That is part of the reason why the racial vilification laws in Australia do not apply to artistic works.
I support measures to help narrow the gap between elites and any non-elite group, including indigenous Australians, but that is not the issue here in my opinion. That is not a matter relevant to cultural appropriation.
Even a white-skinned person cannot help in what racial group they are born. I have heard the opinion that because whites are not part of the minority of Australian Aborigines, they should not reference or use Aboriginal culture in their own creative work, including written fiction. This seems unfair to me. All Australian children are taught about Aboriginal culture. So are we going to put a stop on all creativity relating to it except for indigenous Australians? How does that help anybody or help to narrow the gap?
Just because a white person writes about Aboriginal culture doesn't mean an indigenous person can't. To any aspiring Aboriginal writers out there, please do write about your fascinating and important culture. There are many beautiful indigenous Australian picture books already published, such as:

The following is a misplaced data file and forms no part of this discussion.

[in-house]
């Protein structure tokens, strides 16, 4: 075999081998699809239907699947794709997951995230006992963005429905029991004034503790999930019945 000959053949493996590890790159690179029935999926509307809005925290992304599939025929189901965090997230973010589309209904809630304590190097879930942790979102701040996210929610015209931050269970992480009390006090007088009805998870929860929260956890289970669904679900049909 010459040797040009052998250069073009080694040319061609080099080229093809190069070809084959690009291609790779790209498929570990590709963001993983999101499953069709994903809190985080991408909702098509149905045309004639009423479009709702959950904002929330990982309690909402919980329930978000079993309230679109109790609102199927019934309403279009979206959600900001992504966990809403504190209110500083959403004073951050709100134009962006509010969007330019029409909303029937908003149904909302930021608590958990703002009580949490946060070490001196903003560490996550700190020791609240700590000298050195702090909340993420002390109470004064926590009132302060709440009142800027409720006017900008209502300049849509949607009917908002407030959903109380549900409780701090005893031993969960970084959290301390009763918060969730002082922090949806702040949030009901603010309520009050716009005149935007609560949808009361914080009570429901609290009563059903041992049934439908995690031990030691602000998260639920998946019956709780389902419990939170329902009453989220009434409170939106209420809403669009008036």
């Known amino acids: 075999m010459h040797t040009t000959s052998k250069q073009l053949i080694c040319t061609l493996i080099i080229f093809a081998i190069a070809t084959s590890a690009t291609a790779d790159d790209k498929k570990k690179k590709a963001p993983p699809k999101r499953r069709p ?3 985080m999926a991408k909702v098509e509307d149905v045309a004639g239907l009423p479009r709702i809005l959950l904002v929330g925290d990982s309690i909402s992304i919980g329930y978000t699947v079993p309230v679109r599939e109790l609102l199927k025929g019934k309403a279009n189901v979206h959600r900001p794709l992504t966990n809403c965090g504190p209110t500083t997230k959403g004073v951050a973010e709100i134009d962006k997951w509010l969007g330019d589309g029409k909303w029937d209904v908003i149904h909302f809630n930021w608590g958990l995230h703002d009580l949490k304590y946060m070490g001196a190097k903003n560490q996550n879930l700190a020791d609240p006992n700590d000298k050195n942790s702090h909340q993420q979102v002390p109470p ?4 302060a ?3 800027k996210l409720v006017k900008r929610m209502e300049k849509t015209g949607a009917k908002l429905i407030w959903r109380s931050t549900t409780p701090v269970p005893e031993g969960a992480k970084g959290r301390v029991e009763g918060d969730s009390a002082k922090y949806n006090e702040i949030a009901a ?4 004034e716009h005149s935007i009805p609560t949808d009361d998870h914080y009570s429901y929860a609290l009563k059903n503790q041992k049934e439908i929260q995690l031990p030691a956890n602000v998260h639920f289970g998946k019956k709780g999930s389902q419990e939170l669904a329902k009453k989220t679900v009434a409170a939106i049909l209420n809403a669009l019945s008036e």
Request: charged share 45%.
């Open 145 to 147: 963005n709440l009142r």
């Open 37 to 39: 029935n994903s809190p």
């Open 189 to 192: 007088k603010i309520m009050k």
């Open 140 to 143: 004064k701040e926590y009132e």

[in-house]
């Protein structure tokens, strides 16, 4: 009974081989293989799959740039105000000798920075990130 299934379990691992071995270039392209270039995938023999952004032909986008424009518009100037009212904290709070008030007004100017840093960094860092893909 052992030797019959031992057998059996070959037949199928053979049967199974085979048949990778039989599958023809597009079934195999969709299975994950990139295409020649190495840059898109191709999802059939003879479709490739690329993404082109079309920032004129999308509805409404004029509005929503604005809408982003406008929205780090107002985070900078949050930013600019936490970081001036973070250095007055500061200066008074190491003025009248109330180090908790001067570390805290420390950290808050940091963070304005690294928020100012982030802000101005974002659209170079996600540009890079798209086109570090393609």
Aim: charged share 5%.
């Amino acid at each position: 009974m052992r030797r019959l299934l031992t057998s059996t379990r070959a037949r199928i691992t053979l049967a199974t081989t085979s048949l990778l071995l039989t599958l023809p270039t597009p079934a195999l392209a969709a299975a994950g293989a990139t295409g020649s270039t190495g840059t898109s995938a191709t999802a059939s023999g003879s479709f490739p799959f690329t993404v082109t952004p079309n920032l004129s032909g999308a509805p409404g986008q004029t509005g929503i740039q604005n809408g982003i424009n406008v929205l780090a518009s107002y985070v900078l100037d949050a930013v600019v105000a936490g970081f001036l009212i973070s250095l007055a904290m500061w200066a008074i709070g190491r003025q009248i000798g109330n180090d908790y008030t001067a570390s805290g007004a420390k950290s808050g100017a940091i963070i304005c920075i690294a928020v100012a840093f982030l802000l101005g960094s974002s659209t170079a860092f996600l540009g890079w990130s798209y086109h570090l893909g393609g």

- Warnayarra: The Rainbow Snake by Lajamanu School and Pamela Lofts
- My Home Broome by Tamzyne and Bronwyn Houston
- Two Mates by Melanie Prewett
- Dingo’s Tree by Gladys Milroy and Jill Milroy
- Shake a Leg Boori Monty Pryor and Jan Ormerod
- Bilby and the Bushfire by Joanne Crawford
- Sam’s Bush Journey by Sally Morgan and Ezekiel Kwaymullina
- Marngrook by Titta Secombe
- Stolen Girl by Trina Saffioti
- Fair Skin Black Fella by Renee Fogorty
It's great to see indigenous Australians writing indigenous themed books, but is the resentment and hatred that seems focused towards "invading whites" also writing indigenous themed books OK? Should Australians in general, whatever their culture or creed, really be OK with this, just because most whites are considered "more elite" or at least not an underprivileged minority?